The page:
Posted in Storm Track, Commentary, Storm History, Storm Facts, Storm Preparation, GWC News, Storm Footage, Storm Warning, Storm Safety, Hurricane Intensity, Hurricane Records, Tracking the Tropics, Model Forecasts at 8:47 pm by gmachos

National Hurricane Center Indicates South Florida Landfall Likely

Infrared Satellite Imagery of Hurricane Irma.
Infrared satellite imagery depicts Hurricane Irma, which is still a monster Category Five storm as it stays north of the island of Hispaniola on Thursday evening. Photo courtesy of NOAA.

Things continue to heat up in the Atlantic Tropics on this late Thursday afternoon and evening. We now have three hurricanes in the basin for the first time since 2010. Two of those storms are major hurricanes, and the biggest threat of them all is Hurricane Irma, a Category Five storm that is setting all kinds of marks.

The monster storm devastated the islands of the Northeastern Caribbean including Barbuda, which at first was reported to be 90 percent devastated, but then later on Wednesday night, the Prime Minister of Anguilla and Barbuda reported that the resort island in the Northern Leewards was, “rubble” as per CNN.

Nearby on St. Thomas, there was dramatic footage of Hurricane Irma’s powerful winds that was featured on the Greg’s Weather Center and Hurricaneville Facebook page on Wednesday afternoon. In St. Maarten, the historic airport is completely devastated. Over in Puerto Rico, the United States territory that has been dealing with a great deal of economic struggle, the residents there dodged a bullet as the storm stayed to the north and pulled away from the island, but still dealt with gusty winds and flooding rains.

As of this afternoon, CNN reported that 10 people were dead from the storm’s destructive path through the Northeastern Caribbean. Irma was able to maintain its very powerful intensity of 185 mile per hour winds for a record 37 hours. No other hurricane, typhoon, or cyclone on earth has ever maintained that level of ferocity for that long. It is also now third past Hurricane Ivan from the crazy 2004 Atlantic Hurricane Season in terms of duration as a Category Five Hurricane.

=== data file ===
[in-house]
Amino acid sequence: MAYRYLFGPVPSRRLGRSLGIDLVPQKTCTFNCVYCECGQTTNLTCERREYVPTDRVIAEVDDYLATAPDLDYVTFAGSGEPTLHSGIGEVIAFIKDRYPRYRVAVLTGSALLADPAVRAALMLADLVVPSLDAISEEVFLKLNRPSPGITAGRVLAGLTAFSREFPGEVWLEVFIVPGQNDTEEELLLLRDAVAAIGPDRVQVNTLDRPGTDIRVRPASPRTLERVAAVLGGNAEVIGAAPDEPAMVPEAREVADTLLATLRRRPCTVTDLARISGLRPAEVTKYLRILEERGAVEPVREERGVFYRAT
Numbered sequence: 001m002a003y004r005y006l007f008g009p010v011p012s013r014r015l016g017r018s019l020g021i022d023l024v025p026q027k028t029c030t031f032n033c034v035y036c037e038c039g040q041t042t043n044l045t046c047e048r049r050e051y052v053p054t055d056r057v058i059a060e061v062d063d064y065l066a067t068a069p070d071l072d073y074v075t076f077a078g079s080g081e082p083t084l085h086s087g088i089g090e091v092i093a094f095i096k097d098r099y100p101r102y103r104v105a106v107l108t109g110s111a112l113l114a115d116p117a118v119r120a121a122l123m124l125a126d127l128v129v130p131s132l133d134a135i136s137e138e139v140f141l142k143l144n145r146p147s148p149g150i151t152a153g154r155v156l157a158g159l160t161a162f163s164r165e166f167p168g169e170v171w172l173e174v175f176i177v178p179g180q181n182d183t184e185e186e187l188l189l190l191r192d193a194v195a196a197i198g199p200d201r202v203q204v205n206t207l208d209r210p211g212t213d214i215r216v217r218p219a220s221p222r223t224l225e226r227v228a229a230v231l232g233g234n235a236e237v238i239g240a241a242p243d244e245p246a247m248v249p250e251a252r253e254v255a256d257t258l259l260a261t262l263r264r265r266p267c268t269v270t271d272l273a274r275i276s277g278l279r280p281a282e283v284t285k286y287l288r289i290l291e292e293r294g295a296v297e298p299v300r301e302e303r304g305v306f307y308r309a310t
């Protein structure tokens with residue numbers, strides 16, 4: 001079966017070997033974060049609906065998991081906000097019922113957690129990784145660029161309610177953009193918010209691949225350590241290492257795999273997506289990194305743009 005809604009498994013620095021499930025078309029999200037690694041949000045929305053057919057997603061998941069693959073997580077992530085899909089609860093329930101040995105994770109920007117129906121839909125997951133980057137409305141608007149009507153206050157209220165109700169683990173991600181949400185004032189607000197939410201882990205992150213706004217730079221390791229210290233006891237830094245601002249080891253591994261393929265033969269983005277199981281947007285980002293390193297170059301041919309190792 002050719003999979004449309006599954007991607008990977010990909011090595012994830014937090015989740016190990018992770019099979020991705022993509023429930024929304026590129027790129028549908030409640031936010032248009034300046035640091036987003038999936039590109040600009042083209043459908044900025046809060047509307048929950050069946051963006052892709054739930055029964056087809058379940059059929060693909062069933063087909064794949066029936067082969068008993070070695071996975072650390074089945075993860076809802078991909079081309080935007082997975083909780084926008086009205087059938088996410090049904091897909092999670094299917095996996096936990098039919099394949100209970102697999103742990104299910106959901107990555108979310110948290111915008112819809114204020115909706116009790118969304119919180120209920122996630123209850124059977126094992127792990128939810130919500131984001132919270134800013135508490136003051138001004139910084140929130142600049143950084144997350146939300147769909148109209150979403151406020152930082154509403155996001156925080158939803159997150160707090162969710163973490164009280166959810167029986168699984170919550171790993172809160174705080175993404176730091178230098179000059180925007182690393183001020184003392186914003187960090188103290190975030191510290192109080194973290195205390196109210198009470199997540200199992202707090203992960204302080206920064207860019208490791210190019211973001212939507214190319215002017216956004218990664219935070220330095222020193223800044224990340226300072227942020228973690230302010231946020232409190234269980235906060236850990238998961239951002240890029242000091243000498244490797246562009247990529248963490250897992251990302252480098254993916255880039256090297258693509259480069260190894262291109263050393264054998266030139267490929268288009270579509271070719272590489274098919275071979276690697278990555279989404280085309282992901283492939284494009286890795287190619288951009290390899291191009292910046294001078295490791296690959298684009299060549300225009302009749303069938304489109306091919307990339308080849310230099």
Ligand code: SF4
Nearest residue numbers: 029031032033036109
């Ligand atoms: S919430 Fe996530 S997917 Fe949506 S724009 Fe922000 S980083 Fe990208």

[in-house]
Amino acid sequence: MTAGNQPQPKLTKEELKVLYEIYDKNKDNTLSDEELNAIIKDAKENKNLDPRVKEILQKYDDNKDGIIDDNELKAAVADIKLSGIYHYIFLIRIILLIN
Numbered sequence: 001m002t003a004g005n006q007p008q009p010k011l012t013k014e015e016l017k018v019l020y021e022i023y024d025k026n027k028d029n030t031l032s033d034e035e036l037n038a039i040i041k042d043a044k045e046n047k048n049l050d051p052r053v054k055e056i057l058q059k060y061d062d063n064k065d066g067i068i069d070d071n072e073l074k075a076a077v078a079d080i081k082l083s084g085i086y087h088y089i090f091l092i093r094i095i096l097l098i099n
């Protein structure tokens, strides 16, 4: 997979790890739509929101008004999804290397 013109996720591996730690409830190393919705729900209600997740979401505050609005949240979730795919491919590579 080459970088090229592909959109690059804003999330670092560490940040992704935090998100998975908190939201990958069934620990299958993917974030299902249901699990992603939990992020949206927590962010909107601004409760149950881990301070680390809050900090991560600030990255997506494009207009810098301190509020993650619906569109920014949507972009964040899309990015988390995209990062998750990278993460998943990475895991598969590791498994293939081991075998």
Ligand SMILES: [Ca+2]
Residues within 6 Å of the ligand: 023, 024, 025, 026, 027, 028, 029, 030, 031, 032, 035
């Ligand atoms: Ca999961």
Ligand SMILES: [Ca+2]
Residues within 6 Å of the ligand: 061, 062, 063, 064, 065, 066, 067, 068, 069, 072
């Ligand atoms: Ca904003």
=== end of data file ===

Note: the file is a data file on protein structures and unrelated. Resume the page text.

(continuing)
To understand what Hurricane Irma has done in terms of maintaining its fury, you have to look at how tough it is to maintain a level of such intensity that is Category Five. Hurricanes are vertically stacked systems since they are barotropic by nature. In other words, the clouds build vertically over the center of low pressure from near sea level to near the stratosphere. Baroclinic storms such as the nor’easters and extratropical systems we normally deal with in New Jersey, and much of the United States, have a slanted cloud structure since it is influenced by wind shear.

As a result, a hurricane, particularly a Category Five Hurricane is a very fragile structure, almost like a house of cards. A thing of beauty as long as it can stand. Once some air blows on it, it is gone. Vertical wind shear is a very hostile atmospheric foe that tears tropical storms and hurricanes apart by blowing off the high cloud tops from the powerful thunderstorms that develop, and are fueled by the warm water. Cat 5 storms follow the Goldilocks principle as Hugh Willoughby, a former long time NOAA hurricane researcher, said, “Everything needs to be just right.”